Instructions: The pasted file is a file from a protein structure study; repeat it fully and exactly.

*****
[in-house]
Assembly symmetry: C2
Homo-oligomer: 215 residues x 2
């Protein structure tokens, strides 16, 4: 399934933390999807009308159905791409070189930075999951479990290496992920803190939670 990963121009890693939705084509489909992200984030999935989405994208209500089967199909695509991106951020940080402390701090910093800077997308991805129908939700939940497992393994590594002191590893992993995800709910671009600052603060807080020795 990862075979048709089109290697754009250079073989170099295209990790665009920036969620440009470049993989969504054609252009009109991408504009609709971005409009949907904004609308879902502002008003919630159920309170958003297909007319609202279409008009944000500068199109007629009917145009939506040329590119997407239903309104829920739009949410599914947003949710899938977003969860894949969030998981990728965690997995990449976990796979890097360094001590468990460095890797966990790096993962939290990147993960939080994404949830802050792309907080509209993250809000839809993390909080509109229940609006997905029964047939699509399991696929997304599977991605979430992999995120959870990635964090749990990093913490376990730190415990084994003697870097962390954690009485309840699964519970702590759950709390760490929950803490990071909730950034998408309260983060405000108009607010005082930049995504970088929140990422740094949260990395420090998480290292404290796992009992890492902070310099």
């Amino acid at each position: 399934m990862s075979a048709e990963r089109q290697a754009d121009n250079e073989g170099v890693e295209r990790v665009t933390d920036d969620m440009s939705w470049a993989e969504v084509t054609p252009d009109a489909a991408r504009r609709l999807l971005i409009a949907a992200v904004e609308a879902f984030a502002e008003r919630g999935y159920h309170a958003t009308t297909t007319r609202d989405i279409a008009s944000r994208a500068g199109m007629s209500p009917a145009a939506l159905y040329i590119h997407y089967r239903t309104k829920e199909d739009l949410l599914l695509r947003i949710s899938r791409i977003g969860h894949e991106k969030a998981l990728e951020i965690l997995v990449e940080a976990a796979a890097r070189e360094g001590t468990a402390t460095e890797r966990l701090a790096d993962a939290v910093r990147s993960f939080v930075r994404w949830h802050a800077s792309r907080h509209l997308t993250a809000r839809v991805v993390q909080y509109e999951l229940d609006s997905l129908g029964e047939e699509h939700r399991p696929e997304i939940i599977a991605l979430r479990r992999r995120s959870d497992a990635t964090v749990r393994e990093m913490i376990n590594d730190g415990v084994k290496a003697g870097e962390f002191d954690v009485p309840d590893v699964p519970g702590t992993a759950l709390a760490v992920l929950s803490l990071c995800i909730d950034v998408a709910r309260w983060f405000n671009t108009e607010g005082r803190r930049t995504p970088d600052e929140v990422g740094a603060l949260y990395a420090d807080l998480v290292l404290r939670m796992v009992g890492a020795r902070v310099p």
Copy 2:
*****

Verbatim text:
[in-house]
Assembly symmetry: C2
Homo-oligomer: 215 residues x 2
């Protein structure tokens, strides 16, 4: 399934933390999807009308159905791409070189930075999951479990290496992920803190939670 990963121009890693939705084509489909992200984030999935989405994208209500089967199909695509991106951020940080402390701090910093800077997308991805129908939700939940497992393994590594002191590893992993995800709910671009600052603060807080020795 990862075979048709089109290697754009250079073989170099295209990790665009920036969620440009470049993989969504054609252009009109991408504009609709971005409009949907904004609308879902502002008003919630159920309170958003297909007319609202279409008009944000500068199109007629009917145009939506040329590119997407239903309104829920739009949410599914947003949710899938977003969860894949969030998981990728965690997995990449976990796979890097360094001590468990460095890797966990790096993962939290990147993960939080994404949830802050792309907080509209993250809000839809993390909080509109229940609006997905029964047939699509399991696929997304599977991605979430992999995120959870990635964090749990990093913490376990730190415990084994003697870097962390954690009485309840699964519970702590759950709390760490929950803490990071909730950034998408309260983060405000108009607010005082930049995504970088929140990422740094949260990395420090998480290292404290796992009992890492902070310099």
């Amino acid at each position: 399934m990862s075979a048709e990963r089109q290697a754009d121009n250079e073989g170099v890693e295209r990790v665009t933390d920036d969620m440009s939705w470049a993989e969504v084509t054609p252009d009109a489909a991408r504009r609709l999807l971005i409009a949907a992200v904004e609308a879902f984030a502002e008003r919630g999935y159920h309170a958003t009308t297909t007319r609202d989405i279409a008009s944000r994208a500068g199109m007629s209500p009917a145009a939506l159905y040329i590119h997407y089967r239903t309104k829920e199909d739009l949410l599914l695509r947003i949710s899938r791409i977003g969860h894949e991106k969030a998981l990728e951020i965690l997995v990449e940080a976990a796979a890097r070189e360094g001590t468990a402390t460095e890797r966990l701090a790096d993962a939290v910093r990147s993960f939080v930075r994404w949830h802050a800077s792309r907080h509209l997308t993250a809000r839809v991805v993390q909080y509109e999951l229940d609006s997905l129908g029964e047939e699509h939700r399991p696929e997304i939940i599977a991605l979430r479990r992999r995120s959870d497992a990635t964090v749990r393994e990093m913490i376990n590594d730190g415990v084994k290496a003697g870097e962390f002191d954690v009485p309840d590893v699964p519970g702590t992993a759950l709390a760490v992920l929950s803490l990071c995800i909730d950034v998408a709910r309260w983060f405000n671009t108009e607010g005082r803190r930049t995504p970088d600052e929140v990422g740094a603060l949260y990395a420090d807080l998480v290292l404290r939670m796992v009992g890492a020795r902070v310099p």
Copy 2: